U.S. auto industry sees November sales growth

Auto sales rose in November, and are expected to continue growing to post a record year.

Fiat Chrysler Automobiles said that sales for the month will reach a seasonally adjusted annualized rate of 18.4 million vehicles, Reuters reported.

Experts polled by the source estimated November auto sales at an annualized 18.1 million vehicles, while additional analyst forecasts predicted sales to be between 17.5 million and 18.6 million vehicles.

The rise continues an upward trend in auto sales over the year. Analysts predict that 2015 will be a record sales year, surpassing the 17.35 million cars sold in 2000.

Growth factors
Reuters reported that the head of U.S. sales for Fiat Chrysler, Reid Bigland, attributed the growth to low interest rates, higher employment and lower gas prices.

Incentive programs and holiday promotions such as 0 percent financing also boosted sales in the industry, according to CNBC.

"Incentives were strong for the Black Friday weekend but I think it was more of the messaging than substance. Still, it looks like consumers took the deals," said LMC Automotive forecaster Jeff Schuster.

SUV sales surge 
Auto companies saw growth primarily from sales of their sport utility vehicles, according to the source. Sales at General Motors increased 1.5 percent, with gains for SUVs. Fiat Chrysler recorded a 3 percent growth in sales for the month, largely driven by a 20 percent spike in sales of its SUV brand, Jeep.

The gains during the month at Fiat Chrysler mark 68 consecutive months of growth and its most profitable November in 15 years.

Reuters reported that the Jeep brand had some of the most generous incentives in the industry in November, increasing the value of promotions by 44 percent.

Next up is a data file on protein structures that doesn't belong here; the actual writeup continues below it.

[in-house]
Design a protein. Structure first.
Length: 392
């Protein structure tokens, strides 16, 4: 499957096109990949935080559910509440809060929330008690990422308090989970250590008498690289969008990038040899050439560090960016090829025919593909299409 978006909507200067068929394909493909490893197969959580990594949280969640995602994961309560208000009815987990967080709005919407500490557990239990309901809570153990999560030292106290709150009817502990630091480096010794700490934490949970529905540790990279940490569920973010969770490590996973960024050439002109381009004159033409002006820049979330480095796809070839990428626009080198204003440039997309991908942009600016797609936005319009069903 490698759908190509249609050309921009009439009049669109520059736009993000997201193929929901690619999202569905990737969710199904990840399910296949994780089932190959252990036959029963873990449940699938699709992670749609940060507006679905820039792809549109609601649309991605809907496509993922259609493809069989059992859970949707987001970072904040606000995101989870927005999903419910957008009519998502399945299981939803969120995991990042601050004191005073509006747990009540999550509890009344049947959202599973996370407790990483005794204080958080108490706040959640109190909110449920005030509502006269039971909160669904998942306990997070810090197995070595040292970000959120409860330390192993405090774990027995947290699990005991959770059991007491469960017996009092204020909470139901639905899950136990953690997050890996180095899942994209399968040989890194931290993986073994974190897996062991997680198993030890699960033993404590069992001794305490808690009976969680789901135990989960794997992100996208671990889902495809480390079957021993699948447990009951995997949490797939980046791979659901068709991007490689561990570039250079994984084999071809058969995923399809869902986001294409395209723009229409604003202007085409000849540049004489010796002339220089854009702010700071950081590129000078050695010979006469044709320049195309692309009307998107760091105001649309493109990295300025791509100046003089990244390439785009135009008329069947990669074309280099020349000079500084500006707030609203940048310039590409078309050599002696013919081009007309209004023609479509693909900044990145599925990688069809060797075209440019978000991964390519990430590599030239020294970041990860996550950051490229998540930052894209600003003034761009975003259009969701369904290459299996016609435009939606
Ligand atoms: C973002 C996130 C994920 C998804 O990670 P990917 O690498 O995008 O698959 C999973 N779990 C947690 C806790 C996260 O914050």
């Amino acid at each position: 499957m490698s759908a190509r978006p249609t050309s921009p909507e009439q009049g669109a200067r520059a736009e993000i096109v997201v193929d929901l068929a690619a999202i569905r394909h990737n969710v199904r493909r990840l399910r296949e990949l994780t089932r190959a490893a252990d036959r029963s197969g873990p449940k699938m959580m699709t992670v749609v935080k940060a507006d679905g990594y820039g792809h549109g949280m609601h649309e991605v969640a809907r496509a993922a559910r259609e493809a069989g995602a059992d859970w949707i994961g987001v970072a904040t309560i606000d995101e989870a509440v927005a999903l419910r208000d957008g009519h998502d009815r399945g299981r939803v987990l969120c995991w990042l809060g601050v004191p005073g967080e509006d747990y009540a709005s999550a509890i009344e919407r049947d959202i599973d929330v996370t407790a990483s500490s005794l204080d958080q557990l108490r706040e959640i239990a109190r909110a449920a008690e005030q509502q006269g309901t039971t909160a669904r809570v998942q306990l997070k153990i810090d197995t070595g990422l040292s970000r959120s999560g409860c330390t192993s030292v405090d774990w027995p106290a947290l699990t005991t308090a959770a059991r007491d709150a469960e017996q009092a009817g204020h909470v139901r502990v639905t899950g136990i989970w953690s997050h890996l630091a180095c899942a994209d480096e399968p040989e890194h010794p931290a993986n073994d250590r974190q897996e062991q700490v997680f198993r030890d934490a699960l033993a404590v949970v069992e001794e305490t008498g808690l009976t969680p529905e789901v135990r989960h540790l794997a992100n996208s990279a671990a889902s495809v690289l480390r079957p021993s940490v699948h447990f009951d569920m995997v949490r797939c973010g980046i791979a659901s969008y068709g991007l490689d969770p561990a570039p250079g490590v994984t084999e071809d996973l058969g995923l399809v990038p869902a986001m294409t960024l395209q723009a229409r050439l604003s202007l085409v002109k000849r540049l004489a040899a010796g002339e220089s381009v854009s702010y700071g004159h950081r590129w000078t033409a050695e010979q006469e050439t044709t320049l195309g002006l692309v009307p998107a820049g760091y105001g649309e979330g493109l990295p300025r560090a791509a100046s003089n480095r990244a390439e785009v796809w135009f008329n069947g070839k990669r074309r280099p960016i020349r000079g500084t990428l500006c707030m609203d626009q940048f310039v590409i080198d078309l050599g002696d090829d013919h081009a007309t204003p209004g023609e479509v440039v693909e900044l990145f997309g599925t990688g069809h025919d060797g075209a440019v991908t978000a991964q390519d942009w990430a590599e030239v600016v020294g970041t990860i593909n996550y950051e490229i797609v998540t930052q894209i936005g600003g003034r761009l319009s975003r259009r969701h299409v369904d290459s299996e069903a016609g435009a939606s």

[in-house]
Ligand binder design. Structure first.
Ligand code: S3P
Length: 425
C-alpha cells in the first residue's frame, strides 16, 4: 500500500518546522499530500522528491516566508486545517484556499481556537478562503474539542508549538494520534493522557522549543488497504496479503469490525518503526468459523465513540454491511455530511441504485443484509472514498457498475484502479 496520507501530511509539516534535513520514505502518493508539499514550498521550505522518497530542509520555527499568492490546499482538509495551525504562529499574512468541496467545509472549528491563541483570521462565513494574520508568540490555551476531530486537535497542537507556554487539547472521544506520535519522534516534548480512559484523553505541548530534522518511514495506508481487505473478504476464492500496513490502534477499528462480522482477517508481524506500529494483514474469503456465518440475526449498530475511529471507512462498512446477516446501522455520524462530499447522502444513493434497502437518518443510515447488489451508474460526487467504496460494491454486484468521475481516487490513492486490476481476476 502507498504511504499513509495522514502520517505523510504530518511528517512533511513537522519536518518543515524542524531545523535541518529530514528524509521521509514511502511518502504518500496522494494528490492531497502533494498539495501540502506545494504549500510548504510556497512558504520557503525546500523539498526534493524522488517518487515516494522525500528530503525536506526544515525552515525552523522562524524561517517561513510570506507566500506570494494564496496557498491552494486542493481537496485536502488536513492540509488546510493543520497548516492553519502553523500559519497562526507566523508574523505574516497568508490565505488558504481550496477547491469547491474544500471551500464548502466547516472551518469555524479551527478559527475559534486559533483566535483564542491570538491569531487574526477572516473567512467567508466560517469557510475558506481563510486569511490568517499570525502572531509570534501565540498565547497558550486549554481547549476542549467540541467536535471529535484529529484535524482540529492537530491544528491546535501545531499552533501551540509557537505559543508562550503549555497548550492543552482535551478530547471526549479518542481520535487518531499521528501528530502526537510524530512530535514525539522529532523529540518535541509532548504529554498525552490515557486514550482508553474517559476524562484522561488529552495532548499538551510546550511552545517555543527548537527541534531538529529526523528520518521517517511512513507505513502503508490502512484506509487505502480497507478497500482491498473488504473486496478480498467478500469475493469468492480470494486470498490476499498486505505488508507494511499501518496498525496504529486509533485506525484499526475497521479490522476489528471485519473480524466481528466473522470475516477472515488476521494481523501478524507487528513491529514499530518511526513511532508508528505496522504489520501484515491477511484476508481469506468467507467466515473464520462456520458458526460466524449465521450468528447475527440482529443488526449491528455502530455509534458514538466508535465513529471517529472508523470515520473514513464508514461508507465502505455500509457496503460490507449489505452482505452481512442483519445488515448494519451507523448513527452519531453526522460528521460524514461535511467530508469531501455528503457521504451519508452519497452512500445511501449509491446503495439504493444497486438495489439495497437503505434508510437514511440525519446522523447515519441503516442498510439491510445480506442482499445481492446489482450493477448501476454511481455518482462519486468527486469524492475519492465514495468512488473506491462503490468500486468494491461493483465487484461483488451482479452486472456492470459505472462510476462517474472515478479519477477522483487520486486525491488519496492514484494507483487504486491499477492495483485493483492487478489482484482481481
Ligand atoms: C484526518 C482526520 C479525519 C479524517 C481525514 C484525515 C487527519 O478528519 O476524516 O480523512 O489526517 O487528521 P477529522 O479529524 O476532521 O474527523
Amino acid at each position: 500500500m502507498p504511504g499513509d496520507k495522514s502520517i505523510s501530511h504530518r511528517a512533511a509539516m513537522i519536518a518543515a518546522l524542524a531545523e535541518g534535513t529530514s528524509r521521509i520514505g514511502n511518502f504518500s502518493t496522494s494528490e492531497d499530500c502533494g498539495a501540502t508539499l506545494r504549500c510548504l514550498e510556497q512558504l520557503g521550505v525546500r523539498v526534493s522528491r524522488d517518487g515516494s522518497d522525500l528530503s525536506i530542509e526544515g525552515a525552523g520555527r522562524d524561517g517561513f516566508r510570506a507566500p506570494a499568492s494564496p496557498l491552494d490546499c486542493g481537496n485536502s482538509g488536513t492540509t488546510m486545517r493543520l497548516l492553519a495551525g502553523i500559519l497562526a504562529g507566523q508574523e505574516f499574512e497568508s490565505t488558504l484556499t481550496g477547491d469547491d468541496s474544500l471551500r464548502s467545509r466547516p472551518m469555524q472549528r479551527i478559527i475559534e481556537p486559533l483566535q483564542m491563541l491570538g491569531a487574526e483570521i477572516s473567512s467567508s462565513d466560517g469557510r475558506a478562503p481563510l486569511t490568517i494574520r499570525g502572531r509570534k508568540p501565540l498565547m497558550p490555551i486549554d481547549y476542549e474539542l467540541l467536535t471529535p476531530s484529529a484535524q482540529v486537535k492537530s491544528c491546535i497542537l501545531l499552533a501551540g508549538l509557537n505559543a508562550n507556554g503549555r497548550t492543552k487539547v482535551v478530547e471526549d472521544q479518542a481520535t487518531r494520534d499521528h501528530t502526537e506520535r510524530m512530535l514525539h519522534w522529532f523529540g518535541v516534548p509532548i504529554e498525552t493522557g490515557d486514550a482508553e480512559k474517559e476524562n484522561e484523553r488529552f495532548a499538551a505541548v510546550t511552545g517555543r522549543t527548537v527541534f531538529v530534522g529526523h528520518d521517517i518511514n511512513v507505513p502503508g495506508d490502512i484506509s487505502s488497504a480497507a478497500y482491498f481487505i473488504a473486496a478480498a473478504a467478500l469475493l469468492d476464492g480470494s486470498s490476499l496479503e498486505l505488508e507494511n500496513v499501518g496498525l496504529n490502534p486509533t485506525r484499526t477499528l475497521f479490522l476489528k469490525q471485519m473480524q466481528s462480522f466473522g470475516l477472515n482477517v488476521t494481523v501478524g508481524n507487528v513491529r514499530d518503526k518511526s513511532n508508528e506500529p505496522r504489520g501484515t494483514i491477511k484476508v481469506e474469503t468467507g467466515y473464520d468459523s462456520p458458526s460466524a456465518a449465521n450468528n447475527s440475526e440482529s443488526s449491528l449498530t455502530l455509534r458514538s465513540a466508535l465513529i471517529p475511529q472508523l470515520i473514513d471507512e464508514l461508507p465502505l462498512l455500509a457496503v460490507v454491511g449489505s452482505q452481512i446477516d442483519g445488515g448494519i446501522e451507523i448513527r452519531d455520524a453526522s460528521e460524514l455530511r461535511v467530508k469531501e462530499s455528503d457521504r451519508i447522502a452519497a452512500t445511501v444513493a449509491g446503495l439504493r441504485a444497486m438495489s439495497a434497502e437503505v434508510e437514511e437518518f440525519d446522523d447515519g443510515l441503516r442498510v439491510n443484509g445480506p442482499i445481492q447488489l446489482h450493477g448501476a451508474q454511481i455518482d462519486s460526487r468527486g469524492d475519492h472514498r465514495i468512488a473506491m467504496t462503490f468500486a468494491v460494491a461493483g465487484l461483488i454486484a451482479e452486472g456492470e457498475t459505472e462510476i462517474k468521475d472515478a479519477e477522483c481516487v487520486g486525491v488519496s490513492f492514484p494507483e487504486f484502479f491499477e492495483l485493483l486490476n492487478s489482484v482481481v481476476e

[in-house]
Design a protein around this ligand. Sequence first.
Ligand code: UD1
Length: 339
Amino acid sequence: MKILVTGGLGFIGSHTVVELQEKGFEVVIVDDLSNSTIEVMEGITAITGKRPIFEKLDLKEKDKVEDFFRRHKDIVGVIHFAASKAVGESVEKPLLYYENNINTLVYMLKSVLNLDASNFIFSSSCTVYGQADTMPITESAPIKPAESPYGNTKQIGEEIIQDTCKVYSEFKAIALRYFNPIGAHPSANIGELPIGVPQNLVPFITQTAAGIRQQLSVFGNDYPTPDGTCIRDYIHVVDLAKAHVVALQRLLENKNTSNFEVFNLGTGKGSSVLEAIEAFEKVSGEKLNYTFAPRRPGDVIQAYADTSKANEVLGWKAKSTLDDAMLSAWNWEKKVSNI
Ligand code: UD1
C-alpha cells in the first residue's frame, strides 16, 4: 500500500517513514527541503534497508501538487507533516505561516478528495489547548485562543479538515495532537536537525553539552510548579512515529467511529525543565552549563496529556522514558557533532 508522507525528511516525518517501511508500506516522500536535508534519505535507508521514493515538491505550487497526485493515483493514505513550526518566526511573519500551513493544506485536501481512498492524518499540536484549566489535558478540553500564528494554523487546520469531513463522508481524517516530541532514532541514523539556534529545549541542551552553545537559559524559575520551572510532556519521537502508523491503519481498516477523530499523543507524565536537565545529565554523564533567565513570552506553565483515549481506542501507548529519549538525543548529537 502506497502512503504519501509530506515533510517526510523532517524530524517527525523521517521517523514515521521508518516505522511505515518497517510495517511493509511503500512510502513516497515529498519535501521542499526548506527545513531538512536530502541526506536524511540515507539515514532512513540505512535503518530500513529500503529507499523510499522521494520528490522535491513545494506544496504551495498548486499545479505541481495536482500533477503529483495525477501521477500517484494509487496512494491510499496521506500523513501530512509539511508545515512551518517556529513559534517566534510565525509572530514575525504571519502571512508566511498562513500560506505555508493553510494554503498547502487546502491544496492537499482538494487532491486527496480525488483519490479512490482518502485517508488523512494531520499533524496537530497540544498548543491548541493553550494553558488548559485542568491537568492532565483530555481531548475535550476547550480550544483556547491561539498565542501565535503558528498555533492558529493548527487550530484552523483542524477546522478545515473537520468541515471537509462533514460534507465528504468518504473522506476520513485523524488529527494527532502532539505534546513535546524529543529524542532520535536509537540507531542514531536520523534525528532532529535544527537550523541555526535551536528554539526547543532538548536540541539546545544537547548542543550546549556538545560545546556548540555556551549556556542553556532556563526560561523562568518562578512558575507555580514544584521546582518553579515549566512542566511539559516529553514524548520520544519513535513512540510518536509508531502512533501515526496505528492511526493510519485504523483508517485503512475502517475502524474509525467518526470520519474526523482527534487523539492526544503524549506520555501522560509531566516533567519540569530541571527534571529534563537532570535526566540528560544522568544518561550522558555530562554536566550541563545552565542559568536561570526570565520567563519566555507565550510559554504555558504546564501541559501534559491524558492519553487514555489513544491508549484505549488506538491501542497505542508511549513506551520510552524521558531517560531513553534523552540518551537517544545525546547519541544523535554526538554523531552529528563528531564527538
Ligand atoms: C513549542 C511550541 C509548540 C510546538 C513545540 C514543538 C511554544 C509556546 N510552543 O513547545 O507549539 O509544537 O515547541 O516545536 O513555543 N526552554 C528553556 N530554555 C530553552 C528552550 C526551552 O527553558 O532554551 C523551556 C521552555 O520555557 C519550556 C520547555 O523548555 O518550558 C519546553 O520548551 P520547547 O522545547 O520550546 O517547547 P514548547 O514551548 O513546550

Sales of crossover SUVs, which GM said have grown from 37 percent last year to make up 40 percent of the auto industry, also grew. GM saw an 11 percent growth in sales of its Buick brand and 12 percent growth for its GMC brand, Forbes reported.

Nissan Motors saw a 50 percent jump in sales of its crossover SUV, Rogue, selling more of the crossover than the Altima sedan in November, according to CNBC.

"The phenomenal growth of crossovers in a record-setting market is the biggest sales story of 2015," said U.S. Vice President of Sales and Operations at General Motors Kurt McNeil in an interview with Forbes.

Boost for pickups 
Pickup sales were also up for some companies, according to CNBC. Fiat Chrysler saw 2 percent growth in sales for its Ram model, and sales of the Ford Motor Co F-Series pickups grew 10 percent, contributing to a 0.4 percent total rise in sales for the company for November.

The gains came as Ford announced plans to invest $1.3 billion and add 2,000 jobs at its Kentucky Truck Plant to build a new Super Duty truck that features an aluminum body instead of steel.

Toyota Motor also saw sales gains in November, posting a 12.4 percent increase and beating analysts' prediction of 4.9 percent growth.

Additional end-of-year incentives are expected to add a final boost to auto sales for the year.